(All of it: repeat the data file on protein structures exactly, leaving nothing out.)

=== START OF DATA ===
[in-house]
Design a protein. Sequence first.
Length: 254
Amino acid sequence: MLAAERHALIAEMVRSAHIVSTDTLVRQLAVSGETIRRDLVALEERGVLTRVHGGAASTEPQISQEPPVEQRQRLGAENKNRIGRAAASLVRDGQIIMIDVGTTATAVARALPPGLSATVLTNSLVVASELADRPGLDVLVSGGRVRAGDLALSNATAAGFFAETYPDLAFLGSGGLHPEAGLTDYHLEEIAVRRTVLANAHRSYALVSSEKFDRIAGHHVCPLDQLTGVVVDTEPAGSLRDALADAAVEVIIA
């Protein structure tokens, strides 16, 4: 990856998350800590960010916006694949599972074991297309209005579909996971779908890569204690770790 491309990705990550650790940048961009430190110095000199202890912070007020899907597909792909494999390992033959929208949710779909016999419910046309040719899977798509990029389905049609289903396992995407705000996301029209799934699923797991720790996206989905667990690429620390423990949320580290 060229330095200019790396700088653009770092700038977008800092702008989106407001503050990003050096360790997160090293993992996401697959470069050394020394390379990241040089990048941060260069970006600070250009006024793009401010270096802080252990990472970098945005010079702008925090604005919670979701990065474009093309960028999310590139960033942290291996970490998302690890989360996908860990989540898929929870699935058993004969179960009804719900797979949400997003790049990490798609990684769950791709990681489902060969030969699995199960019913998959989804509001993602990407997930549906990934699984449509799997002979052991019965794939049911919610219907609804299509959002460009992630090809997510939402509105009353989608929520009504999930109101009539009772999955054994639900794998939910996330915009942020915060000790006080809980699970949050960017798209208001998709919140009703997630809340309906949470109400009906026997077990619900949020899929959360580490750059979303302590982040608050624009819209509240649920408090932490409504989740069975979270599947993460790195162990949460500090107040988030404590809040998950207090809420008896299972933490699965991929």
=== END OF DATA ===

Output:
[in-house]
Design a protein. Sequence first.
Length: 254
Amino acid sequence: MLAAERHALIAEMVRSAHIVSTDTLVRQLAVSGETIRRDLVALEERGVLTRVHGGAASTEPQISQEPPVEQRQRLGAENKNRIGRAAASLVRDGQIIMIDVGTTATAVARALPPGLSATVLTNSLVVASELADRPGLDVLVSGGRVRAGDLALSNATAAGFFAETYPDLAFLGSGGLHPEAGLTDYHLEEIAVRRTVLANAHRSYALVSSEKFDRIAGHHVCPLDQLTGVVVDTEPAGSLRDALADAAVEVIIA
């Protein structure tokens, strides 16, 4: 990856998350800590960010916006694949599972074991297309209005579909996971779908890569204690770790 491309990705990550650790940048961009430190110095000199202890912070007020899907597909792909494999390992033959929208949710779909016999419910046309040719899977798509990029389905049609289903396992995407705000996301029209799934699923797991720790996206989905667990690429620390423990949320580290 060229330095200019790396700088653009770092700038977008800092702008989106407001503050990003050096360790997160090293993992996401697959470069050394020394390379990241040089990048941060260069970006600070250009006024793009401010270096802080252990990472970098945005010079702008925090604005919670979701990065474009093309960028999310590139960033942290291996970490998302690890989360996908860990989540898929929870699935058993004969179960009804719900797979949400997003790049990490798609990684769950791709990681489902060969030969699995199960019913998959989804509001993602990407997930549906990934699984449509799997002979052991019965794939049911919610219907609804299509959002460009992630090809997510939402509105009353989608929520009504999930109101009539009772999955054994639900794998939910996330915009942020915060000790006080809980699970949050960017798209208001998709919140009703997630809340309906949470109400009906026997077990619900949020899929959360580490750059979303302590982040608050624009819209509240649920408090932490409504989740069975979270599947993460790195162990949460500090107040988030404590809040998950207090809420008896299972933490699965991929």